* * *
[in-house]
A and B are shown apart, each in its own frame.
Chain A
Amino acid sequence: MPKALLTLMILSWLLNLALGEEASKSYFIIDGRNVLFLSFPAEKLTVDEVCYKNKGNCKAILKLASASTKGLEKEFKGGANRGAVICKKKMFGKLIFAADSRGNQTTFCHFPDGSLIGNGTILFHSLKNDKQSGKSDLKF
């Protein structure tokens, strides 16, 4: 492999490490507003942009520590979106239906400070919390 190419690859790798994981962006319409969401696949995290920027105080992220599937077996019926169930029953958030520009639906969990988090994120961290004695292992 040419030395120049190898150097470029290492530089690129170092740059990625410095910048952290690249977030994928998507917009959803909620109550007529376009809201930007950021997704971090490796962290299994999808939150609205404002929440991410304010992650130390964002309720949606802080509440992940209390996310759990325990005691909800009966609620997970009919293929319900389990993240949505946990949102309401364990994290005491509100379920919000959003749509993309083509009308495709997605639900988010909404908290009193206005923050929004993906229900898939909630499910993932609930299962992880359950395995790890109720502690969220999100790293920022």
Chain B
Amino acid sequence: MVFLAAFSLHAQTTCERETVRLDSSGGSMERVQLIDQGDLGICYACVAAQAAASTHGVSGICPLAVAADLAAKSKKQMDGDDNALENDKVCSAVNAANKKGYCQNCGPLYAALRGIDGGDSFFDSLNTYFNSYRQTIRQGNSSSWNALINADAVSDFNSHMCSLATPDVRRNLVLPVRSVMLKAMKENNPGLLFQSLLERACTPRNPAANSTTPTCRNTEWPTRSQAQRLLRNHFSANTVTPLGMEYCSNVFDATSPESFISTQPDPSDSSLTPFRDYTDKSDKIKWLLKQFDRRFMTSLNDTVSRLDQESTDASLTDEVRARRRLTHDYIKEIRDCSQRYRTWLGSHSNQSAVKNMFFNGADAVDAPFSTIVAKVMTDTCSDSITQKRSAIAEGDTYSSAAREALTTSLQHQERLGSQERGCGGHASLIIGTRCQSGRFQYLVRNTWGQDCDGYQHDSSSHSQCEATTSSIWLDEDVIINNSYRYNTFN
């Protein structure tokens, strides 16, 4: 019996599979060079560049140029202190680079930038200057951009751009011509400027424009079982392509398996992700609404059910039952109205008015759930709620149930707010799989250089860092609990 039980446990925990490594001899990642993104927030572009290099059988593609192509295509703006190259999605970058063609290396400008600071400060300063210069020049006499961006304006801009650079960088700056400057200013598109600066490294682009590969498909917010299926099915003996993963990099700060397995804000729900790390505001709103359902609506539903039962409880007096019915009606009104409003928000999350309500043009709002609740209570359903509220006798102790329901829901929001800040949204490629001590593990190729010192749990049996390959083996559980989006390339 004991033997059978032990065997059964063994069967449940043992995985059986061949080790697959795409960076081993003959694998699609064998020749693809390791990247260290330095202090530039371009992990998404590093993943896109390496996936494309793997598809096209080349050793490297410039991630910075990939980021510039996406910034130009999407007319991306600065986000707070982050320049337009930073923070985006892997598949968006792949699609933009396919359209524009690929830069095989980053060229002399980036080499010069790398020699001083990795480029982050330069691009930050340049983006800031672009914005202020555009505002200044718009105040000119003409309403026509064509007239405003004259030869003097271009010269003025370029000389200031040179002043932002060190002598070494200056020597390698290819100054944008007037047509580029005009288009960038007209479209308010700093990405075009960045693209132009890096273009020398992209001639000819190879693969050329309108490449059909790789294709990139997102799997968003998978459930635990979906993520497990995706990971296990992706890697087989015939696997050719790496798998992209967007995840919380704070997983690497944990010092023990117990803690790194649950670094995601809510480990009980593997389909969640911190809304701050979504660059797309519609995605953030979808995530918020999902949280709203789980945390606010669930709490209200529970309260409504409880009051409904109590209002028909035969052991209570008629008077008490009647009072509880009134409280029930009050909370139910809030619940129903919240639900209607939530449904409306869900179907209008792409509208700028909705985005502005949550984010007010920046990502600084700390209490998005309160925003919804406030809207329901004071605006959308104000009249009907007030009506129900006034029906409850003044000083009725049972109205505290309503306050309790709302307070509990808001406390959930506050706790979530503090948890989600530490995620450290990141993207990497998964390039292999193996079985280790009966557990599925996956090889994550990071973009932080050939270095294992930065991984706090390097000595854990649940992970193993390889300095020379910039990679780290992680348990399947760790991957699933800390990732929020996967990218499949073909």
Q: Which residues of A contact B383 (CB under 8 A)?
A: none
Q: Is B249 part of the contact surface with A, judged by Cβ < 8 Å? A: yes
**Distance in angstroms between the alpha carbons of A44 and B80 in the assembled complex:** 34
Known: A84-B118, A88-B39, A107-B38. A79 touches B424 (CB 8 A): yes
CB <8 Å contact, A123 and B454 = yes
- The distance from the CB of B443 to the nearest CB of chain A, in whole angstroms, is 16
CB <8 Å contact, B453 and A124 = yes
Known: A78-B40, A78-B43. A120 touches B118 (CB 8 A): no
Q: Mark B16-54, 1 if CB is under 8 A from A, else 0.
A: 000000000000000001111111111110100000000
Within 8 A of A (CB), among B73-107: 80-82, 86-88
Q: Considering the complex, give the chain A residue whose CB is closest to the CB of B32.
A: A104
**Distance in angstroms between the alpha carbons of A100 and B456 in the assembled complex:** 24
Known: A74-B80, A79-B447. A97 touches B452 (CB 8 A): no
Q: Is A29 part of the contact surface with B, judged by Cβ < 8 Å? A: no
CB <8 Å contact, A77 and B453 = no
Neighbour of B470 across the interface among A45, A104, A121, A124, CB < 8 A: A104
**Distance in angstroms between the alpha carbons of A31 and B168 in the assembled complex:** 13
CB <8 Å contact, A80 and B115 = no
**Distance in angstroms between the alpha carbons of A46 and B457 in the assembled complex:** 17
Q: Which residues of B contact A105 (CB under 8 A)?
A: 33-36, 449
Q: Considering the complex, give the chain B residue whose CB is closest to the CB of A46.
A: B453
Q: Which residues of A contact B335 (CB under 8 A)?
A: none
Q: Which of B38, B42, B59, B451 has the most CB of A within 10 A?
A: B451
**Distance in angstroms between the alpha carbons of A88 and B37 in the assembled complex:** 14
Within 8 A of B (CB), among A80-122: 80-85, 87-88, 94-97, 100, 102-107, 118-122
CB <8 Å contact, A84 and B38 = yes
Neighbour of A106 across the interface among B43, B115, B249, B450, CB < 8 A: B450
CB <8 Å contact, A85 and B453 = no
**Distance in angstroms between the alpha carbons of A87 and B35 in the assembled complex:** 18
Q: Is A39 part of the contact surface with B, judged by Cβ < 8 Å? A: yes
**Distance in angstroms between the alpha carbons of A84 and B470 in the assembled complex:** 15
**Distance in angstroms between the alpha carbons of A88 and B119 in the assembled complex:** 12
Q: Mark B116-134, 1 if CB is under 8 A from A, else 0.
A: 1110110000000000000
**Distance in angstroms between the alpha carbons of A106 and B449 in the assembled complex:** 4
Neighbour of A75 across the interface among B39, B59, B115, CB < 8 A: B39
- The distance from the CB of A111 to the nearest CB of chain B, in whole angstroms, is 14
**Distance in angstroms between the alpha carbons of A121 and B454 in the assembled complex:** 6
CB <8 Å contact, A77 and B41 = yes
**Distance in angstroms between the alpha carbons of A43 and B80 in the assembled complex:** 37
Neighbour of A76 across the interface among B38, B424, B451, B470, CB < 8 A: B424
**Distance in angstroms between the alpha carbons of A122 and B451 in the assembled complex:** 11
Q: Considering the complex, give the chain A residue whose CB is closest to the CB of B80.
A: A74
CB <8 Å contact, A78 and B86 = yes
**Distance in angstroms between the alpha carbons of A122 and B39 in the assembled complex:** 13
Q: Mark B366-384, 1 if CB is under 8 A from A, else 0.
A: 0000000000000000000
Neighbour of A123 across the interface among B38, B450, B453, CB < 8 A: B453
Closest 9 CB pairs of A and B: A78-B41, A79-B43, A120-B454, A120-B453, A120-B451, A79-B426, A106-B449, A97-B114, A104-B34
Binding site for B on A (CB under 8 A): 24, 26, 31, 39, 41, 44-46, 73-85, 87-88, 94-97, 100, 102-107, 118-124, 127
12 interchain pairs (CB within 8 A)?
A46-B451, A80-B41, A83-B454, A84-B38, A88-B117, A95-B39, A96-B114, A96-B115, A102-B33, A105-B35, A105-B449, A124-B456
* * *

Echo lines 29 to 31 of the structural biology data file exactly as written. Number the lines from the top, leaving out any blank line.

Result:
CB <8 Å contact, A80 and B115 = no
**Distance in angstroms between the alpha carbons of A46 and B457 in the assembled complex:** 17
Q: Which residues of B contact A105 (CB under 8 A)?